Since the early days of European settlement, Auckland politicians have been dreaming up ways of dumping spoil in the harbour to create more land. By 1973, the CBD had spread 160ha out into the harbour. About then Minister of Lands Duncan MacIntyre warned if Aucklanders weren't careful, nothing would be left of the Waitemata Harbour in 100 years but a system of canals leading ships up to the docks.
It's a prophecy Mayor Len Brown is doing nothing to prove wrong. Despite the public outcry against the port company's plans to start building two finger wharves nearly 100m out from the end of Bledisloe Wharf, then, in time, start infilling the space between, Mr Brown shrugs and says there is nothing he can do. Worse, he claims he's bound by planning rules put in place by the old Auckland Regional Council (ARC). Mr Brown says that as it is a "controlled activity" within the port precinct, the council could neither decline the resource consent for the new wharves nor insist it be publicly notified.
The former ARC chairman, councillor Mike Lee, rejects this, saying the mayor's spin doctors have failed to notice that in 2011, under Mr Brown's leadership, the planning rules were updated, at the old ARC's insistence, to give the council the ability to demand a publicly notified hearing in "special circumstances" such as the scale of the proposed work.
This certainly didn't happen in the present case. Instead, the port company went to the bureaucrats at Auckland Council last year in private and sought and received a non-notified resource consent for the new wharves. The mayor now claims he knew about it, but his fellow councillors were kept in the dark. The first they knew of it was from the Herald last month, long after the consent had been granted.
This, of course, is rather beside the point. Since 2005, thanks to the ARC, Auckland Council has been the sole owner of Ports of Auckland. As the "owner", the mayor could have summoned the port chairman to his office at any time and told him the proposed finger wharves and the proposed reclamations were unacceptable to the owners and to desist, or resign.
In 2005, when the ARC "nationalised" the ports, chairman Lee said there were two reasons for assuming full ownership. The port was a blue-chip investment for the region and also, with full public ownership, it would be easier to achieve a comprehensive redevelopment of the waterfront.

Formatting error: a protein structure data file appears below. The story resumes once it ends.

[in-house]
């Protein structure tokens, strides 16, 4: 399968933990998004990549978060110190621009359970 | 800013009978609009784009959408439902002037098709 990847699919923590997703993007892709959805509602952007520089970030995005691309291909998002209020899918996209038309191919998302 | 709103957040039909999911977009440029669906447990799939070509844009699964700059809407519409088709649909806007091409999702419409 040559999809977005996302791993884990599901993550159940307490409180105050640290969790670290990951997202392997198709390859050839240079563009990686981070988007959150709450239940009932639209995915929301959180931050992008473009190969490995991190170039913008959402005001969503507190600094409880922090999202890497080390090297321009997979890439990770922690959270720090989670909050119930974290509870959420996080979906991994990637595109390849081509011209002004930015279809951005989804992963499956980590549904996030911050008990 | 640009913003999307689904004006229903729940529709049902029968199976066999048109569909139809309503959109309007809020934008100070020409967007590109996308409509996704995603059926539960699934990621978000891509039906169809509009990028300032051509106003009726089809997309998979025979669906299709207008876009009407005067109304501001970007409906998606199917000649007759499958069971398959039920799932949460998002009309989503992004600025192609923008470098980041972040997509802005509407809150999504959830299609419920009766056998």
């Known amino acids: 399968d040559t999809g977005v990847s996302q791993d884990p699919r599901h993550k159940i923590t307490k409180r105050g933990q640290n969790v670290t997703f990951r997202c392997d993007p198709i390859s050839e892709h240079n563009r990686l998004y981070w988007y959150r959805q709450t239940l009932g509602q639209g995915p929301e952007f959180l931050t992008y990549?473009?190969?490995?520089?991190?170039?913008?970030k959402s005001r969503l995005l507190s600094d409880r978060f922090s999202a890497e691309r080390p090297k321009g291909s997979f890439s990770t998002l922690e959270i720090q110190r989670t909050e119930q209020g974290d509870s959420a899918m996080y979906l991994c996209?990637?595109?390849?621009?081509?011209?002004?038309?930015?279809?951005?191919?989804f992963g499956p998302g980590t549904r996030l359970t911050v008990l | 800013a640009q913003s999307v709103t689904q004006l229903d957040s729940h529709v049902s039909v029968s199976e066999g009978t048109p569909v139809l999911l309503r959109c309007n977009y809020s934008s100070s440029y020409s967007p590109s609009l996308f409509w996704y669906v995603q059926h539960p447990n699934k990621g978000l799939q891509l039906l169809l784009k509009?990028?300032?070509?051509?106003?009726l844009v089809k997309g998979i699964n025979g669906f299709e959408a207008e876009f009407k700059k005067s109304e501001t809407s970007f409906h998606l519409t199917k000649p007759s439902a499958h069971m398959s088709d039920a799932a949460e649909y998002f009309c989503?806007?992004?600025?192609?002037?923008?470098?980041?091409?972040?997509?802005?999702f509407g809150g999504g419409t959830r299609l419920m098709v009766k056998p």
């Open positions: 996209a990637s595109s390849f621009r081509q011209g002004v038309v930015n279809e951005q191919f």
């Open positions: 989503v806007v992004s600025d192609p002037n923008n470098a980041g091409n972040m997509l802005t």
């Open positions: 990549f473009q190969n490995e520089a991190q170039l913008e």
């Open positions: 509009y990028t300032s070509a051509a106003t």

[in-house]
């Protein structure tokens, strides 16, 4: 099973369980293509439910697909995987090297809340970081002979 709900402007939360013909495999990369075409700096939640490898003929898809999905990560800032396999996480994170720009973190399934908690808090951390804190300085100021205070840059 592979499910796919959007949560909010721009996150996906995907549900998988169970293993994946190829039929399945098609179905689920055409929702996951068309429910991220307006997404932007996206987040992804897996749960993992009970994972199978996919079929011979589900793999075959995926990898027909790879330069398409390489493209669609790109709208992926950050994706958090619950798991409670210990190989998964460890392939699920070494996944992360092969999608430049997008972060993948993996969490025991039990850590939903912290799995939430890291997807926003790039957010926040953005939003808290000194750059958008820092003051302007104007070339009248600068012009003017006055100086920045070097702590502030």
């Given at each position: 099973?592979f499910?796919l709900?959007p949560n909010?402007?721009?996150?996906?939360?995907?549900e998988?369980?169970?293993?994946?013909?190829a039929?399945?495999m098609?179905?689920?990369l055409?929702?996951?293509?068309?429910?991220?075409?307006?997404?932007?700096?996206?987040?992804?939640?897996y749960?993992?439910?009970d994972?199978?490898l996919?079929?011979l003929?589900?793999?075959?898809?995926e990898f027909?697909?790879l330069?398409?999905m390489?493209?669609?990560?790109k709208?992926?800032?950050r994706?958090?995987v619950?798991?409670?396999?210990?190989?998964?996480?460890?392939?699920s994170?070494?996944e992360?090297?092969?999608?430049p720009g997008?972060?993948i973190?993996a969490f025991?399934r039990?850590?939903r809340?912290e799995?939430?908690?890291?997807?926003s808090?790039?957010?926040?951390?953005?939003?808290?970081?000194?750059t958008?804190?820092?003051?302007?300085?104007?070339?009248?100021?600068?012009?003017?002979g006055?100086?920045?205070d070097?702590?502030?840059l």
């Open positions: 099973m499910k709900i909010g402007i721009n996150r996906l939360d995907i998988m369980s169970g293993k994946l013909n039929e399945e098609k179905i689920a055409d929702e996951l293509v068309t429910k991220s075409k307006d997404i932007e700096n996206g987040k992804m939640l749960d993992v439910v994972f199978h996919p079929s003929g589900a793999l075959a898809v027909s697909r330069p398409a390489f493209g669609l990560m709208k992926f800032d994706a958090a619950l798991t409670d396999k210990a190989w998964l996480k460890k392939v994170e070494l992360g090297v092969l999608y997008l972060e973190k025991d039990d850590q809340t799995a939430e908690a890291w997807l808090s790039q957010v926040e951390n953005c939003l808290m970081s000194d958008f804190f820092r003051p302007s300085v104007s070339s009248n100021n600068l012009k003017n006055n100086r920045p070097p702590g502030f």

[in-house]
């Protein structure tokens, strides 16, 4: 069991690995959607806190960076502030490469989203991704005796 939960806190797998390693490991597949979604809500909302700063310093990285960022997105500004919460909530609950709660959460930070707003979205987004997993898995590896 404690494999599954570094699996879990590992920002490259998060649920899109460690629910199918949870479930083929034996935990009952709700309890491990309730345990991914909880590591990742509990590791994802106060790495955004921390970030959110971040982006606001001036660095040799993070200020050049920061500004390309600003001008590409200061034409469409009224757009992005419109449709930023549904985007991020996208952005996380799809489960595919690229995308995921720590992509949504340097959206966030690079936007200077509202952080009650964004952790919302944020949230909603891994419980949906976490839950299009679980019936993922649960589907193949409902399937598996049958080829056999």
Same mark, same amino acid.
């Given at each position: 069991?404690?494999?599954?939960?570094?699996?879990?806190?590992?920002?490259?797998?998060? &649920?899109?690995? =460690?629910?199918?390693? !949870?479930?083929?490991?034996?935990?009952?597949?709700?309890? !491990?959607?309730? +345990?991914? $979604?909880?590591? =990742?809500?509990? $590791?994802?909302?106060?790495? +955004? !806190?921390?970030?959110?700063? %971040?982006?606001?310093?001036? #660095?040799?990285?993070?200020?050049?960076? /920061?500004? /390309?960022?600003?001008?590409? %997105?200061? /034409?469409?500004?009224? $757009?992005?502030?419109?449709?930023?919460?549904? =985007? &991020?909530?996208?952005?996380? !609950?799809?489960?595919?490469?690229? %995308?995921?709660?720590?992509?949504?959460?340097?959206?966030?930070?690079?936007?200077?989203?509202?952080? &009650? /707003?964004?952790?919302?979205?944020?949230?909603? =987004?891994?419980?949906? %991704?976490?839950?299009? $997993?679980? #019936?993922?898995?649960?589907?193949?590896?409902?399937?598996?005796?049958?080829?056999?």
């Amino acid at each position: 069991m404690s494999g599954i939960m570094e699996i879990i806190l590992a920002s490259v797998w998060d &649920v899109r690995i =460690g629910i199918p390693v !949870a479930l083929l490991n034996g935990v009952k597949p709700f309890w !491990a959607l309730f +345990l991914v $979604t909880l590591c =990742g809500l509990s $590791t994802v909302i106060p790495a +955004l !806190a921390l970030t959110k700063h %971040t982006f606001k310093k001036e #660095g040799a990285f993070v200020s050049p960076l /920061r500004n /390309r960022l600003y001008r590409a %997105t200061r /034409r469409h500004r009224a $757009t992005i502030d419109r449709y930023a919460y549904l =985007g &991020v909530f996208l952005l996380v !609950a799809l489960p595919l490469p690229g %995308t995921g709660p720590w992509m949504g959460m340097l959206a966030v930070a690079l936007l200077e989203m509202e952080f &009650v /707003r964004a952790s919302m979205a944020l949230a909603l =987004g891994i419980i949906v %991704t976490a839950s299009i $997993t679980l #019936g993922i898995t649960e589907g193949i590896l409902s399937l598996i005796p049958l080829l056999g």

Mr Lee says the mayor's attempt to pass the blame on to the ARC "doesn't reflect well on his leadership or his integrity".
He says, "This would never have happened under the ARC. The port company was told again and again when I was chairman not to do any plans for reclamation, and they didn't."
Mr Brown "shouldn't be trying to pass the buck for poor leadership. He wants to man-up. If Rupert Murdoch owned a company and things weren't going well, what would Rupert Murdoch actually do? This guy's supposed to be a super mayor, for God's sake".
Former Labour Party leader and likely 2016 mayoral candidate Phil Goff is of like mind. "As owner the council is custodian of the port and harbour on behalf of all Aucklanders. It has the right and the power to protect the harbour from damage by further commercial encroachment." He said the directors of the port company were appointed by the council. "If they were to thumb their noses" at a clear council directive, "they can and should be replaced".
This from two old allies of Mr Brown. It's hard to see the mayor recovering with any dignity from this latest pratfall. Unless he does finally assert his authority as first citizen and tell the port company to stop, his remaining 18 months as mayor will be very long, measured, month by month, by the steady growth of two view-blocking, flow-interfering wharves out into the Waitemata Harbour.
Last month, key members of Mr Brown's campaign team told him he had no chance of winning the next election. If he's wondering why, he need look no further than his willingness to sacrifice another stretch of the waterfront to his voracious port employees.